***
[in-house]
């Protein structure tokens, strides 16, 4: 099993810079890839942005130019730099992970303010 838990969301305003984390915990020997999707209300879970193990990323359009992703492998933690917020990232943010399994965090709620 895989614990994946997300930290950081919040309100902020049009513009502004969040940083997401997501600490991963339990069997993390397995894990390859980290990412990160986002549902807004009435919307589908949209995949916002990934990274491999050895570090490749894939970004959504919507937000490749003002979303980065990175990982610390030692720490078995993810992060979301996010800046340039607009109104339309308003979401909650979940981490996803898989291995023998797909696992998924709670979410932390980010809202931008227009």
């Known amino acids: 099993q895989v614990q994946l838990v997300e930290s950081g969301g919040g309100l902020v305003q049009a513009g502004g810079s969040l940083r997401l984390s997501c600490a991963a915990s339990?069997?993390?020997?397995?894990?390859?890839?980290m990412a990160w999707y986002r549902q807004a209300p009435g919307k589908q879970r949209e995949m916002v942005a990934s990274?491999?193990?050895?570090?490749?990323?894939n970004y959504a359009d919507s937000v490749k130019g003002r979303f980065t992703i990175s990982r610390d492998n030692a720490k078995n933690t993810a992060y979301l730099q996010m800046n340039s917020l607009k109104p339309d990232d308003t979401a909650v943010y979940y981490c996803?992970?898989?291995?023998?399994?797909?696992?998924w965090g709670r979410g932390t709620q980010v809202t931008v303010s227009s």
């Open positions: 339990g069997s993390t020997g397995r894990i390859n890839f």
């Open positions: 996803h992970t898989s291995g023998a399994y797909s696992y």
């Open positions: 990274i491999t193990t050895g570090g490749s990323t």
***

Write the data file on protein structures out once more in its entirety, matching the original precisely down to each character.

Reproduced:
[in-house]
């Protein structure tokens, strides 16, 4: 099993810079890839942005130019730099992970303010 838990969301305003984390915990020997999707209300879970193990990323359009992703492998933690917020990232943010399994965090709620 895989614990994946997300930290950081919040309100902020049009513009502004969040940083997401997501600490991963339990069997993390397995894990390859980290990412990160986002549902807004009435919307589908949209995949916002990934990274491999050895570090490749894939970004959504919507937000490749003002979303980065990175990982610390030692720490078995993810992060979301996010800046340039607009109104339309308003979401909650979940981490996803898989291995023998797909696992998924709670979410932390980010809202931008227009």
């Known amino acids: 099993q895989v614990q994946l838990v997300e930290s950081g969301g919040g309100l902020v305003q049009a513009g502004g810079s969040l940083r997401l984390s997501c600490a991963a915990s339990?069997?993390?020997?397995?894990?390859?890839?980290m990412a990160w999707y986002r549902q807004a209300p009435g919307k589908q879970r949209e995949m916002v942005a990934s990274?491999?193990?050895?570090?490749?990323?894939n970004y959504a359009d919507s937000v490749k130019g003002r979303f980065t992703i990175s990982r610390d492998n030692a720490k078995n933690t993810a992060y979301l730099q996010m800046n340039s917020l607009k109104p339309d990232d308003t979401a909650v943010y979940y981490c996803?992970?898989?291995?023998?399994?797909?696992?998924w965090g709670r979410g932390t709620q980010v809202t931008v303010s227009s």
């Open positions: 339990g069997s993390t020997g397995r894990i390859n890839f």
């Open positions: 996803h992970t898989s291995g023998a399994y797909s696992y």
């Open positions: 990274i491999t193990t050895g570090g490749s990323t």